8. Love your students. This probably should have been number one. Again, think back to your own experience–whether it be in the home, in church, or in school. Which teachers had the most impact? If we felt loved, we were open to be taught. If we felt like a bother or the teacher was constantly irritable, we became distracted wondering why and then speculating if we were the problem…

Feeling unloved and in the way completely changes the atmosphere for teaching.

9. Share yourself with them. Sometimes it is good to step outside what is just for class or Bible Study and share how your subject has made a difference in your life. This is especially crucial in teaching the Word. When we can show how we personally had to run a decision through the grid of the Bible or how we had to submit to the authority of God’s Word in a specific area of our life, we become more “human” in the eyes of our students. We show them that we are just like them–perhaps only a few steps ahead in the journey.

10. Set a good example. And, last– but certainly not least–is that we must live out what we are teaching. We can’t effectively teach what we don’t live. Kids and adults can spot a hypocrite in a second. And that is a sure fire way to destroy any biblical teaching ministry.

 

I hope I have given all of you some food for thought. While this post was geared to teachers of all subjects, my heart mostly lies with those of us–which should be all of us–who teach the Word of God. Whether we are a parent, grandparent, Sunday School teacher, Bible Study teacher, pastor, blogger, or teach the scriptures in any other capacity, may we put these things into practice so that we can have an effective teaching ministry and create a godly legacy that will live on for years and years after we are called to glory.

 

(By the way, I would love to hear about your experiences–either as a teacher or as a student. Comment below and let me know what I missed in encouraging us to be the best teachers we can be!)

What You Can’t See

IMG_9048

Last week was spent at the beach with family. It was a wonderful, relaxing time, but now it is time to get back to reality. After being gone for over a week, I am ready to get back to my own space and routine.

The week was full of beautiful summer-like weather and so one evening a few of us headed to the beach. We had visions of sitting on the quiet, empty beach during the evening hours, watching the baby play in the sand and taking in the view. As you can see in the photo above, the view was fantastic. Isn’t it beautiful?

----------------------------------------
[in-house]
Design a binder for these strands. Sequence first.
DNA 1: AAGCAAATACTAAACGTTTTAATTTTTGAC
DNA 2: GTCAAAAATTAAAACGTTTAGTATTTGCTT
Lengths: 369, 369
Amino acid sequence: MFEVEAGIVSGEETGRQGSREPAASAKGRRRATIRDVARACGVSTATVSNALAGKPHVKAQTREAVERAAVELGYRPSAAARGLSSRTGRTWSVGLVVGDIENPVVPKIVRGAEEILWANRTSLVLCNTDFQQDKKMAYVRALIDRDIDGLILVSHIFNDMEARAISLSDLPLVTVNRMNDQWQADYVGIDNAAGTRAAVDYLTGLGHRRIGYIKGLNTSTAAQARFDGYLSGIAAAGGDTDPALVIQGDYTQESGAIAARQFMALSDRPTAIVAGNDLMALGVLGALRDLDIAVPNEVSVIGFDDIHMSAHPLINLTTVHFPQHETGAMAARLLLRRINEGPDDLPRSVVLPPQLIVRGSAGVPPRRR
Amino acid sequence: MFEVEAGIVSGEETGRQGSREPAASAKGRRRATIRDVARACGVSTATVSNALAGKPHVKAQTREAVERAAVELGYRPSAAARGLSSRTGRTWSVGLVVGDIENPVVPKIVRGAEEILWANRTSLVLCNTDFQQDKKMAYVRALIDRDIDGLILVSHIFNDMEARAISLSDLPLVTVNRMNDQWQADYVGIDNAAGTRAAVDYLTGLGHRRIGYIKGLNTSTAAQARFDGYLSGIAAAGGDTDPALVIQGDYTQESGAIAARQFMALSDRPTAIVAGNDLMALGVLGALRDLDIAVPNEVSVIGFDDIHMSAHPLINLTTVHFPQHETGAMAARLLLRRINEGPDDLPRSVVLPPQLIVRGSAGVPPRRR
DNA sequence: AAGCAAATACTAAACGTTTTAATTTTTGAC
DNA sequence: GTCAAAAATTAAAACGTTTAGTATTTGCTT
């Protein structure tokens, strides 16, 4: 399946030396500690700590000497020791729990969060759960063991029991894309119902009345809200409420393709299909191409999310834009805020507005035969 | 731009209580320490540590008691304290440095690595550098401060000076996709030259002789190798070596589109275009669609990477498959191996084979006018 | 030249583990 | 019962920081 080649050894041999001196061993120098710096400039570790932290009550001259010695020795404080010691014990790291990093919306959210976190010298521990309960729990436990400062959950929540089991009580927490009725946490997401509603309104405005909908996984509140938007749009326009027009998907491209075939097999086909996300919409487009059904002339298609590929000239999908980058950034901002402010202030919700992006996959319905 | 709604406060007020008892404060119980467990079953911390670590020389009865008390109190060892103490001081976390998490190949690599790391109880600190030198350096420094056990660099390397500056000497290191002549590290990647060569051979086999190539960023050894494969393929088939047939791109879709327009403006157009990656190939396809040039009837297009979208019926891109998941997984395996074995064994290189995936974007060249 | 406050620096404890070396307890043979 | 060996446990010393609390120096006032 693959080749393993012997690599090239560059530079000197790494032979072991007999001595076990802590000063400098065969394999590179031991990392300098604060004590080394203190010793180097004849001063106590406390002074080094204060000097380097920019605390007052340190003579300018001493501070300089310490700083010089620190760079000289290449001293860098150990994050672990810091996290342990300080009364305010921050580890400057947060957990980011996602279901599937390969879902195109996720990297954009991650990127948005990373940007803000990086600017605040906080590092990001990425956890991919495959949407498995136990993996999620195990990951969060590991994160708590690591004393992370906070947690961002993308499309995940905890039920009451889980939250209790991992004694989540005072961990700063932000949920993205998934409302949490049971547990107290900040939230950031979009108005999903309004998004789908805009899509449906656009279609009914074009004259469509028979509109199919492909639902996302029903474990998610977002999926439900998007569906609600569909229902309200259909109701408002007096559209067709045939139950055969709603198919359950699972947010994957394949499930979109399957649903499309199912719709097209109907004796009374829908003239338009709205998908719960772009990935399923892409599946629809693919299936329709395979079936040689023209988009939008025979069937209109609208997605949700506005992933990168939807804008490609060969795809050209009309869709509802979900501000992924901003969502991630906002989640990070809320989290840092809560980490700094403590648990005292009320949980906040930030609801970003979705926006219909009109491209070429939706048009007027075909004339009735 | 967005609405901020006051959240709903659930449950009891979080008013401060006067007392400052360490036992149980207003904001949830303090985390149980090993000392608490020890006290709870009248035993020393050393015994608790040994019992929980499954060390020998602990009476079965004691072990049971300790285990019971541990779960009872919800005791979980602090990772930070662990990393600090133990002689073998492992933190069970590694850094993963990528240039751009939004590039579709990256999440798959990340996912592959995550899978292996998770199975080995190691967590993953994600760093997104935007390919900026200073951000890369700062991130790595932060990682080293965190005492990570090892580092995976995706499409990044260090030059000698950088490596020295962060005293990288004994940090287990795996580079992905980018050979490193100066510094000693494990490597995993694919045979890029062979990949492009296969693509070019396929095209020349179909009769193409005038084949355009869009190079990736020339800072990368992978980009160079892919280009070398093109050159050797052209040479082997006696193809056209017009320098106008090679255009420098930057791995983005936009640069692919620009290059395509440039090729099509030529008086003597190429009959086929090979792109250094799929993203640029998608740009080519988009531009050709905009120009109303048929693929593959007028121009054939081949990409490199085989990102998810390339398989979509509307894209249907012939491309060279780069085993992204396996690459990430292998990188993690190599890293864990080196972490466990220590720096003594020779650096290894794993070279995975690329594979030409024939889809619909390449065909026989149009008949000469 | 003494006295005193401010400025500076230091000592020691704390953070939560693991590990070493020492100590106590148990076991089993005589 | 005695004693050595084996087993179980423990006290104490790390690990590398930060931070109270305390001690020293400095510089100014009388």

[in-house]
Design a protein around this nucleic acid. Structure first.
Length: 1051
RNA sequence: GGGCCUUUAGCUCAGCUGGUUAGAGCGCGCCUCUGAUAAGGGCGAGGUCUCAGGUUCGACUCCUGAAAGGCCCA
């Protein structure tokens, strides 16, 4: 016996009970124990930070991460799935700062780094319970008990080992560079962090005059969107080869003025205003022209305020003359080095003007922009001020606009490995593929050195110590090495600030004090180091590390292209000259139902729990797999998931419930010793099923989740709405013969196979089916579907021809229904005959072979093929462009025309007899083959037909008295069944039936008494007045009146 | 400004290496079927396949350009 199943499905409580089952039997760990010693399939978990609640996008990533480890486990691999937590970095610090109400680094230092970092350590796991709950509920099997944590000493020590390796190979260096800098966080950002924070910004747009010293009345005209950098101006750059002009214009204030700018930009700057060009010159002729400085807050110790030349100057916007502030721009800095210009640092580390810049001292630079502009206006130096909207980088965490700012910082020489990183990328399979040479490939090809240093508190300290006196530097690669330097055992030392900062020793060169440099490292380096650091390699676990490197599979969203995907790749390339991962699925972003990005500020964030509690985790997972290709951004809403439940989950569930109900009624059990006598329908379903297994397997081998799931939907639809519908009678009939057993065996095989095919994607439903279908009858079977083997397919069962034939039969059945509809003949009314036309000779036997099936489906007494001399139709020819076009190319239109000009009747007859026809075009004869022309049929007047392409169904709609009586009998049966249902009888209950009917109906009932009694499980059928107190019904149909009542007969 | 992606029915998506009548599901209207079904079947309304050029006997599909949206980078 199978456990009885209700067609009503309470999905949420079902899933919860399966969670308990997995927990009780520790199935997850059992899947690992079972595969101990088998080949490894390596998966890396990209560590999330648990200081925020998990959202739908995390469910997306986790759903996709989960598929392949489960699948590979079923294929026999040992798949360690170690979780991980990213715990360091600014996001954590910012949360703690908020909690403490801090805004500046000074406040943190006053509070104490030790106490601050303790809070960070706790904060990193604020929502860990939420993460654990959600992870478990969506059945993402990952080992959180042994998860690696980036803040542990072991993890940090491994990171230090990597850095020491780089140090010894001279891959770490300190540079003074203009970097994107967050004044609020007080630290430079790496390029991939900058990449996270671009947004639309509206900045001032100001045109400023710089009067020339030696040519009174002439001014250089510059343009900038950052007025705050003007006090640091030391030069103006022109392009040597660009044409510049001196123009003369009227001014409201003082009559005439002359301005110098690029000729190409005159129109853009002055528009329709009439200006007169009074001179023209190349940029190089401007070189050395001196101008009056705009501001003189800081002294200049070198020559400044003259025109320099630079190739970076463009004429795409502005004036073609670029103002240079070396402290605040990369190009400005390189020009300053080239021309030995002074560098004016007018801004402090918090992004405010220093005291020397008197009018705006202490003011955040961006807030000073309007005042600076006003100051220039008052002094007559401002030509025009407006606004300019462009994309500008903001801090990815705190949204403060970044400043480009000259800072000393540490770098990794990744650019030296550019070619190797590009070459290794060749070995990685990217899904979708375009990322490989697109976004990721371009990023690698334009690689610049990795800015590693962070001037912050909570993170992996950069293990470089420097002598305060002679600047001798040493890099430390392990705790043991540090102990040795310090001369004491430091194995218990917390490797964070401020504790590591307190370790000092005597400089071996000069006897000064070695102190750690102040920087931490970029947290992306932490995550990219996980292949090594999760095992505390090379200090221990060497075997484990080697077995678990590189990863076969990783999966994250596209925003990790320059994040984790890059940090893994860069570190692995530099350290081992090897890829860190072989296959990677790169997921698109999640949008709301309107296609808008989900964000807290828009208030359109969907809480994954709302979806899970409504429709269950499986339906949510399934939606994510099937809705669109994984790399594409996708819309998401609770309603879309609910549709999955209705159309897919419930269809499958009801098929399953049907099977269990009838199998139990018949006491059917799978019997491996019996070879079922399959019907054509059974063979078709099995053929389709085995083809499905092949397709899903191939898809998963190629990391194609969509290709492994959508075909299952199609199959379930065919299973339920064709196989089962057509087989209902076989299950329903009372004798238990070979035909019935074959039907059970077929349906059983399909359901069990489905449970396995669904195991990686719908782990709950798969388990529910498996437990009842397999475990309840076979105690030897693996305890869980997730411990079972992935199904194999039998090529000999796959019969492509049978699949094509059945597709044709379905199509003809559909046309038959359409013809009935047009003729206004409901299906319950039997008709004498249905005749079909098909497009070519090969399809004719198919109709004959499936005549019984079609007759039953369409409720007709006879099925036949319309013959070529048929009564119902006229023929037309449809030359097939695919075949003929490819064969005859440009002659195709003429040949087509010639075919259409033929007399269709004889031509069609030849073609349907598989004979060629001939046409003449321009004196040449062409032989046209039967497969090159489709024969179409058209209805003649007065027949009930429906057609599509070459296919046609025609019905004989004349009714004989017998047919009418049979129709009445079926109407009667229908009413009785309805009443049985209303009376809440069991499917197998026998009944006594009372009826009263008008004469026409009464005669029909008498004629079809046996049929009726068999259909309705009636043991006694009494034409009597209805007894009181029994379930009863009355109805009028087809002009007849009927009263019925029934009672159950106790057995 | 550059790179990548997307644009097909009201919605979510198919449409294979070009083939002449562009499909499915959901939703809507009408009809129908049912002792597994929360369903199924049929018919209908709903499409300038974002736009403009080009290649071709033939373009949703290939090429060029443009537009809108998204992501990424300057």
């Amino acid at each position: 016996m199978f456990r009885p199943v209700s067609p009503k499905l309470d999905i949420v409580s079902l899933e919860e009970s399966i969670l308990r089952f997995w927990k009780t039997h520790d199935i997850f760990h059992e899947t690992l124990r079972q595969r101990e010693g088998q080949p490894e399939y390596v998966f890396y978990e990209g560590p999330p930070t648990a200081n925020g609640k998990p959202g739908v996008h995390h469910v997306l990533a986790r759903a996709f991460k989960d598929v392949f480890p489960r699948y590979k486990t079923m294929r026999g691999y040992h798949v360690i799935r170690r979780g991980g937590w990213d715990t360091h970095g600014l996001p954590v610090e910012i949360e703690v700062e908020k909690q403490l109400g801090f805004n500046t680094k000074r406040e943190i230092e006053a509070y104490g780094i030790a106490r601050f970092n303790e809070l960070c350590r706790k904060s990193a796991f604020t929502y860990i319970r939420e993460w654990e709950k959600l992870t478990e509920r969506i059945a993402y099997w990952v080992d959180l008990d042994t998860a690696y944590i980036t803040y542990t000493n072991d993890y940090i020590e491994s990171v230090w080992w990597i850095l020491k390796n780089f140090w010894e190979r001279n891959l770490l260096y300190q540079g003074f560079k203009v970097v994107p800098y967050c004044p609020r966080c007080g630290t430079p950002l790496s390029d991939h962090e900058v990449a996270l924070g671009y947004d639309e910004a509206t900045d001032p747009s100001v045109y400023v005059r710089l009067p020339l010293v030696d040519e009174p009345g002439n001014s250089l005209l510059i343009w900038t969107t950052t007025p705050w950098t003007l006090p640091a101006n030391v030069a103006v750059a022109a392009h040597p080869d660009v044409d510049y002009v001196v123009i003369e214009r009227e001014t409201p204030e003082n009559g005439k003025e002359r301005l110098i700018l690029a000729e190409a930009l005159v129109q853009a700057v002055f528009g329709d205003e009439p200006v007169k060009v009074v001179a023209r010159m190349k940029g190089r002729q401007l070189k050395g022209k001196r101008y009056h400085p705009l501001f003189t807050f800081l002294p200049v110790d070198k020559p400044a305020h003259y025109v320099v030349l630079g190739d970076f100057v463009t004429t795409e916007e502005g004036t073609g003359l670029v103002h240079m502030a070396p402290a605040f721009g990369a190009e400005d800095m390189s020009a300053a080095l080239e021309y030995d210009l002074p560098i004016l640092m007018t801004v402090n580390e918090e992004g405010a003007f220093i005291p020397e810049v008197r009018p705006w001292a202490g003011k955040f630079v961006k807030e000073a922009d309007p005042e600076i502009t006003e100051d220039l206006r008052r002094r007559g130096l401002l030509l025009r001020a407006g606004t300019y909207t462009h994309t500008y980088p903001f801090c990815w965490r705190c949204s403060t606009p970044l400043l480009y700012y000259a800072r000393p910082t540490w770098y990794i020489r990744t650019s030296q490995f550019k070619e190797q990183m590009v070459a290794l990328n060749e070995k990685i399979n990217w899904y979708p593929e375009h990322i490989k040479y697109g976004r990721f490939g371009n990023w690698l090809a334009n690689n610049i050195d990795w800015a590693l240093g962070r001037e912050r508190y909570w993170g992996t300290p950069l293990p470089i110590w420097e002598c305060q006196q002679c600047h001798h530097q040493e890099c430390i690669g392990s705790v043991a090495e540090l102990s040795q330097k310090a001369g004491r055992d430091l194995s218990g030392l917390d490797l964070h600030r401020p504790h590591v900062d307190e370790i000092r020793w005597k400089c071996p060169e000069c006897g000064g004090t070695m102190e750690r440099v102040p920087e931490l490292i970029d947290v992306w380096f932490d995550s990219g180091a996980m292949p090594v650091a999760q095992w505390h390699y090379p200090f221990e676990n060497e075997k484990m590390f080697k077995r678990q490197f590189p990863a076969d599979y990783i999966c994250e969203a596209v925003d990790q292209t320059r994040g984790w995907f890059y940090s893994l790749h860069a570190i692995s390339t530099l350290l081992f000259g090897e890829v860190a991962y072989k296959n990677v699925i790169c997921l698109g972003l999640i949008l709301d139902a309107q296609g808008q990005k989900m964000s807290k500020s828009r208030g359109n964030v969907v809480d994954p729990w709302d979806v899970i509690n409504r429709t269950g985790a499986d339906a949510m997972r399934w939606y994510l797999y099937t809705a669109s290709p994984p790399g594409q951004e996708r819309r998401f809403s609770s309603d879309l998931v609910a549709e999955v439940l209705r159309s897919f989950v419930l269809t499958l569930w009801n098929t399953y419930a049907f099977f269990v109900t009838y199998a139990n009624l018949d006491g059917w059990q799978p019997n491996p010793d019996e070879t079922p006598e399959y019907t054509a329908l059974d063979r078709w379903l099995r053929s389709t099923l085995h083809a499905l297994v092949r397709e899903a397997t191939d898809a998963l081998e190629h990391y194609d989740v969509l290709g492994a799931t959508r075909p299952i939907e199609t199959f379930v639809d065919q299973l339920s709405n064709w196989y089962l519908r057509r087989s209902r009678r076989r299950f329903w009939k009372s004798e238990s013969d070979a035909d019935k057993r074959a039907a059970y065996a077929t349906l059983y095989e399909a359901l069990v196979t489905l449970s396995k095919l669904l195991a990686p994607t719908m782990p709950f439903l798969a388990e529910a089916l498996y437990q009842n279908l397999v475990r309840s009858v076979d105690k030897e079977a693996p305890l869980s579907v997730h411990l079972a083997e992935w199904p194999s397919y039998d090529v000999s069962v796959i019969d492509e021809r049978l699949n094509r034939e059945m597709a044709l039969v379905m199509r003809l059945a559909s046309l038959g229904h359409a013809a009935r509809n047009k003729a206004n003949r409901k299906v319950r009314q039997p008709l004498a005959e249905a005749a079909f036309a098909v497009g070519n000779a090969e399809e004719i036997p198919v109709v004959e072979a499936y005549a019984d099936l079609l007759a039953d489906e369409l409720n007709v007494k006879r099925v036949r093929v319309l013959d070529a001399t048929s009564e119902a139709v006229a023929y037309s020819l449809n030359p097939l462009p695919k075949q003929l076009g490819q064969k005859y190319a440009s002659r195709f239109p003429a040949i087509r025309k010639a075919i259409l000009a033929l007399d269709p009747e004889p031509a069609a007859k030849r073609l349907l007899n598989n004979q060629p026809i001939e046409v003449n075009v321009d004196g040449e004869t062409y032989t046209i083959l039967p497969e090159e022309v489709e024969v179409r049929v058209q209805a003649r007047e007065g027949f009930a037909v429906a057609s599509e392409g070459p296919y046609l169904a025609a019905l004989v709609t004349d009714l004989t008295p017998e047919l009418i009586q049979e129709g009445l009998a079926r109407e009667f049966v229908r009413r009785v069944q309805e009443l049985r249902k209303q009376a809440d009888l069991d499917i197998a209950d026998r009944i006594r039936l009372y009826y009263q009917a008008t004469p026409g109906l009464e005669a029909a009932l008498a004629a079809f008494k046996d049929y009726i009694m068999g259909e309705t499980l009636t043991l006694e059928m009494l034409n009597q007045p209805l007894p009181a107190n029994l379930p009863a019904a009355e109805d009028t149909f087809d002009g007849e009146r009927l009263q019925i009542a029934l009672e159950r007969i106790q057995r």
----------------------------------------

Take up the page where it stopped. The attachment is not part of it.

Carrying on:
But there are some things you can’t see on the photo. Actually it was more like five million things: Tiny “no-see-ums”–minuscule sand flies that suck blood from their hosts. Right around dusk, these things came out in mass. They were crawling through the baby’s hair, biting our arms and legs, flying around our heads. It didn’t take us very long to pick up our stuff and leave. As we walked across the sand, we carried the heavy beach chair (why did we pick this one??), and a growing baby. And the sand toys kept falling out of the bucket! Our idyllic evening ended up not being very idyllic at all.

But you would never know it from the photo.

Oh, how true this is for any photo you see. It is one of the reasons I don’t really care for photo-driven social media. There is so much you don’t know from a photo. We now make judgments about people based on their photos. Confident selfies, and photos of beautiful homes, happy families, and lots of material “stuff” give us impressions of people. But are they the right impressions?

The photos we see are just like that beach photo. They are lovely but they are not the whole story. Not by a long shot.

Behind a selfie you might find a confident person having a good time. But you may also find insecurity, a longing to be loved, or a desperate need for attention. Behind beautiful photos of homes and families, you don’t see the cereal on the floor, the toddler’s messy hands on the kitchen cabinets, or the muddy footprints brought in after the rain. You don’t see the screaming, the yelling, the crying, the frustration, the irritation, and you can’t see the love, the fun, the joy, the peace. You can’t see anything but a photo. It tells us nothing. Not really.

And, in this day and age, you don’t even know if a photo is telling the truth. With the likes of photo editing software, anyone can make a photo “say” anything. Photos just can’t be trusted as our main source for truth.

So the next time you are tempted to judge someone you know by a photo, think again. It doesn’t tell the whole story about them. It is just a tiny fraction of the whole. If social media causes you to envy and covet and to think about “what if’s”, then perhaps you should consider getting off. Besides it being a sin (I Corinthians 13:4; Galatians 5:26; Ephesians 5:3), life is just too short to constantly be wishing for a different life while yours passes you by.

Last night, as we traveled home from the beach we passed a 55+ community. I looked at my husband and said, “we are almost old enough to live there! How did we get here?”

“We just kept living,” was his astute response.

We just kept living. We all have been blessed with the gift of a certain amount of time. None of us knows exactly how much it will be, but let’s not waste a second of it wishing for someone else’s life.

 

(By the way, we did find a different beach where we spent two incredibly lovely evenings that were all that the photos imply. Sometimes photos do tell the truth. But sometimes they don’t. We really have no way of knowing when they are or when they aren’t, so we may as well just enjoy them at face value and then move on with life.)